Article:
It’s never too early to talk to your child about what they want to do after school. Especially if in they are in high school (and even more if they are in Year 9 or later), it’s important to begin having conversations with them about what they like doing, what they’re good at, and the sorts of hopes and dreams they have about their future.

You can begin talking to your school and begin creating action plans so that you have plenty of time to talk to your child and prepare for the future.

The more you know about what’s possible and the range of options available post school, the better your planning can be. This will also help your child consider what they want to do after school and how they could get there.

There is lots you can consider and do to help your child plan for their adult life while they’re still at school.

If your child is wanting to continue study beyond secondary school, there are three options available (which are the same for all young people in Victoria):

  1. Victorian Certificate of Education (VCE) – a senior secondary certificate undertaken in Years 11 and 12 which provides pathways to further study at university, TAFE or in employment.
  2. Victorian Certificate of Applied Learning (VCAL) is also a senior secondary certificate which suits students in Years 11 and 12 who require a senior secondary qualification based on practical experience.
  3. Vocational Education and Training (VET) in Schools, which can help create more pathways for senior secondary students and give them most choices post-school.

Some of these options might be better than others for your child and meet their interests and aspirations more appropriately. Generally, you will need to make a decision which approach you will take before Year 11.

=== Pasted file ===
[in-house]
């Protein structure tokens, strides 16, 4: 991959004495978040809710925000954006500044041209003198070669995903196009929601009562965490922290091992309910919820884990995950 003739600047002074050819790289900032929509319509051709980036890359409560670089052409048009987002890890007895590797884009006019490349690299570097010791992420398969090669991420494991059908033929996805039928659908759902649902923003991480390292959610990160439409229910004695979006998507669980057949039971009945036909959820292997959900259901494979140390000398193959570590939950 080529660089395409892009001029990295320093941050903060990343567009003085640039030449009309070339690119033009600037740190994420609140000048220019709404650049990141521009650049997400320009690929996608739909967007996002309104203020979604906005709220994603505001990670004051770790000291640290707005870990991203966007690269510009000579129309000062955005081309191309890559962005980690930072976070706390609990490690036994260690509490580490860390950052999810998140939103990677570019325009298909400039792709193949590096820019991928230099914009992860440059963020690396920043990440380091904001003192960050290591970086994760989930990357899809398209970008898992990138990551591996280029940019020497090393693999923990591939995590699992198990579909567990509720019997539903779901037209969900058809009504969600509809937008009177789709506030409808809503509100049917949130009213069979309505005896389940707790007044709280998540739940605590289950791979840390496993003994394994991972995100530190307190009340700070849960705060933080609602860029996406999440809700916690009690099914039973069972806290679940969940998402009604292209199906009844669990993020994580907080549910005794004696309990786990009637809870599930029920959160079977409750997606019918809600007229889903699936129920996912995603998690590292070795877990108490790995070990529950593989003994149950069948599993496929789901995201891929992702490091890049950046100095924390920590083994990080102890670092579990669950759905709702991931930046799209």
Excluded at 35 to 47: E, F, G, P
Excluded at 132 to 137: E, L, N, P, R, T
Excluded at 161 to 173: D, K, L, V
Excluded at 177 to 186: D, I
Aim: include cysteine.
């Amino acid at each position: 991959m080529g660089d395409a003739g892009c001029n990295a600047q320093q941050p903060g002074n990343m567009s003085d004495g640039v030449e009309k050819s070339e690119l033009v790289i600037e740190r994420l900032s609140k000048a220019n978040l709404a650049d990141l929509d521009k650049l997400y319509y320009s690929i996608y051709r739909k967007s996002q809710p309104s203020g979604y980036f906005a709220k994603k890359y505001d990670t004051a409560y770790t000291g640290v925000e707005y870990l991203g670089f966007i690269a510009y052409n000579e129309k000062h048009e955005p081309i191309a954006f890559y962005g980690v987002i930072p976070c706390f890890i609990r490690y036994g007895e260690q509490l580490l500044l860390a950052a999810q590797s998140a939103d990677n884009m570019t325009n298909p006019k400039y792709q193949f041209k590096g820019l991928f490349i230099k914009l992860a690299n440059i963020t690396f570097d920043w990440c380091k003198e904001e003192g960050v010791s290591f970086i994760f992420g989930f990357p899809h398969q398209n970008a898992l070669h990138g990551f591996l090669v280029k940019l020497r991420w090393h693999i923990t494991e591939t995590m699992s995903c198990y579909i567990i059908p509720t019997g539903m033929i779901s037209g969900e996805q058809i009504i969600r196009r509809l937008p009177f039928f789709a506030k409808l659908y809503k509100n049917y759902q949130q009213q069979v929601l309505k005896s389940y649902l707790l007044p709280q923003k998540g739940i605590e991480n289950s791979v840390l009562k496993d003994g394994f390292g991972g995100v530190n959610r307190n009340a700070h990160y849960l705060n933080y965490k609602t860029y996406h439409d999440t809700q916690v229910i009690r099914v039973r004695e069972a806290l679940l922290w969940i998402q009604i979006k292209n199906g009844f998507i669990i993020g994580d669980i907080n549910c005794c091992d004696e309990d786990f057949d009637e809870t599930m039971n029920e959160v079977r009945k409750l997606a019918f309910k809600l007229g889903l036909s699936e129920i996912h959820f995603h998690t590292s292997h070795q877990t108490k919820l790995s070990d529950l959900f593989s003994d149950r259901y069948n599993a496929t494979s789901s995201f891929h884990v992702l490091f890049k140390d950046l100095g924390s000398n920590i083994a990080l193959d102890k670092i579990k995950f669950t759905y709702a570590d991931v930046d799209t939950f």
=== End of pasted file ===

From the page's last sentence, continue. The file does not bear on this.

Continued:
For more information, visit the Victorian Curriculum and Assessment Authority website.

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Of course it can be hard for anyone to know what they want to do until they’ve tried it! So there are a range of opportunities to find out more about work and what your child might want to do.

Work experience¬†activities are an opportunity for students over 14 years of age to experience what it’s like to work with an employer. These are organised by the school and usually last for one or two weeks. Students with a disability will benefit from being well prepared for their work experience. Ensuring that the experience has been well structured with their needs in mind will ensure a more positive experience.

 

The Department of Education and Training has a range of resources to assist you and your school as you consider your child’s career and pathway options.

Their web resource around Pathways Planning for Young People with Disabilities is a great starting point. They also have an excellent resource around Strengthened Pathways Planning for young people with disabilities. This provides advice for parents on careers and transition planning for young people with disabilities, and brings together information about Strengthened Pathways Planning in schools, and the broad range of options available to their children when they leave school.